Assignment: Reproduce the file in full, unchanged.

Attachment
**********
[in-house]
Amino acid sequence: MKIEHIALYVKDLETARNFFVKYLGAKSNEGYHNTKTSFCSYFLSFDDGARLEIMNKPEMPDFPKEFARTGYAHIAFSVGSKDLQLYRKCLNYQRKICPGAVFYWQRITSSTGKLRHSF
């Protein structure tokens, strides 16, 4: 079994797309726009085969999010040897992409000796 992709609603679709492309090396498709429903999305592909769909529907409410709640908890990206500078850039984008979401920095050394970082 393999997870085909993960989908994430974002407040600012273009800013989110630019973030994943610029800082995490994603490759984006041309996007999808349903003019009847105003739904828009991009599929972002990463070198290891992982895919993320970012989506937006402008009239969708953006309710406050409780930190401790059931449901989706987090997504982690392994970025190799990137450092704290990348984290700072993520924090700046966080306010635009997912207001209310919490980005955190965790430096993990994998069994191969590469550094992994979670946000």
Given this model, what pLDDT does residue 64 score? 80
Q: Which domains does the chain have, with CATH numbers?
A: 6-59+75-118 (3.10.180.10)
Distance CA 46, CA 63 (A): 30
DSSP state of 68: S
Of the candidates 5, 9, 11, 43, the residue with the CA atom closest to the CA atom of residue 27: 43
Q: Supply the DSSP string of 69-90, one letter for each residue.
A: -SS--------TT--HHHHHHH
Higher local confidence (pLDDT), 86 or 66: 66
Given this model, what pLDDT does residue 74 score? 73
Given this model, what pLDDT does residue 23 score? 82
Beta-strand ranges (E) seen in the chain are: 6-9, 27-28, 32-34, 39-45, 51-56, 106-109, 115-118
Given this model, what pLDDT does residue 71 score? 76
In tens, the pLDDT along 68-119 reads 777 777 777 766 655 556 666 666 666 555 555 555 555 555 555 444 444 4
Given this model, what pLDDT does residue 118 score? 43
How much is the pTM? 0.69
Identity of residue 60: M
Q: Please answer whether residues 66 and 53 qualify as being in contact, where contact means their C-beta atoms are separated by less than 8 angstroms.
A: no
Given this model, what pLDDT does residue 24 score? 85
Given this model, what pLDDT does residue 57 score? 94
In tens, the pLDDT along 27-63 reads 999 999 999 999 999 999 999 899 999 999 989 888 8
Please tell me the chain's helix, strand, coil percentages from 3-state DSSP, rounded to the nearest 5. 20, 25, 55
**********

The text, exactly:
[in-house]
Amino acid sequence: MKIEHIALYVKDLETARNFFVKYLGAKSNEGYHNTKTSFCSYFLSFDDGARLEIMNKPEMPDFPKEFARTGYAHIAFSVGSKDLQLYRKCLNYQRKICPGAVFYWQRITSSTGKLRHSF
């Protein structure tokens, strides 16, 4: 079994797309726009085969999010040897992409000796 992709609603679709492309090396498709429903999305592909769909529907409410709640908890990206500078850039984008979401920095050394970082 393999997870085909993960989908994430974002407040600012273009800013989110630019973030994943610029800082995490994603490759984006041309996007999808349903003019009847105003739904828009991009599929972002990463070198290891992982895919993320970012989506937006402008009239969708953006309710406050409780930190401790059931449901989706987090997504982690392994970025190799990137450092704290990348984290700072993520924090700046966080306010635009997912207001209310919490980005955190965790430096993990994998069994191969590469550094992994979670946000």
Given this model, what pLDDT does residue 64 score? 80
Q: Which domains does the chain have, with CATH numbers?
A: 6-59+75-118 (3.10.180.10)
Distance CA 46, CA 63 (A): 30
DSSP state of 68: S
Of the candidates 5, 9, 11, 43, the residue with the CA atom closest to the CA atom of residue 27: 43
Q: Supply the DSSP string of 69-90, one letter for each residue.
A: -SS--------TT--HHHHHHH
Higher local confidence (pLDDT), 86 or 66: 66
Given this model, what pLDDT does residue 74 score? 73
Given this model, what pLDDT does residue 23 score? 82
Beta-strand ranges (E) seen in the chain are: 6-9, 27-28, 32-34, 39-45, 51-56, 106-109, 115-118
Given this model, what pLDDT does residue 71 score? 76
In tens, the pLDDT along 68-119 reads 777 777 777 766 655 556 666 666 666 555 555 555 555 555 555 444 444 4
Given this model, what pLDDT does residue 118 score? 43
How much is the pTM? 0.69
Identity of residue 60: M
Q: Please answer whether residues 66 and 53 qualify as being in contact, where contact means their C-beta atoms are separated by less than 8 angstroms.
A: no
Given this model, what pLDDT does residue 24 score? 85
Given this model, what pLDDT does residue 57 score? 94
In tens, the pLDDT along 27-63 reads 999 999 999 999 999 999 999 899 999 999 989 888 8
Please tell me the chain's helix, strand, coil percentages from 3-state DSSP, rounded to the nearest 5. 20, 25, 55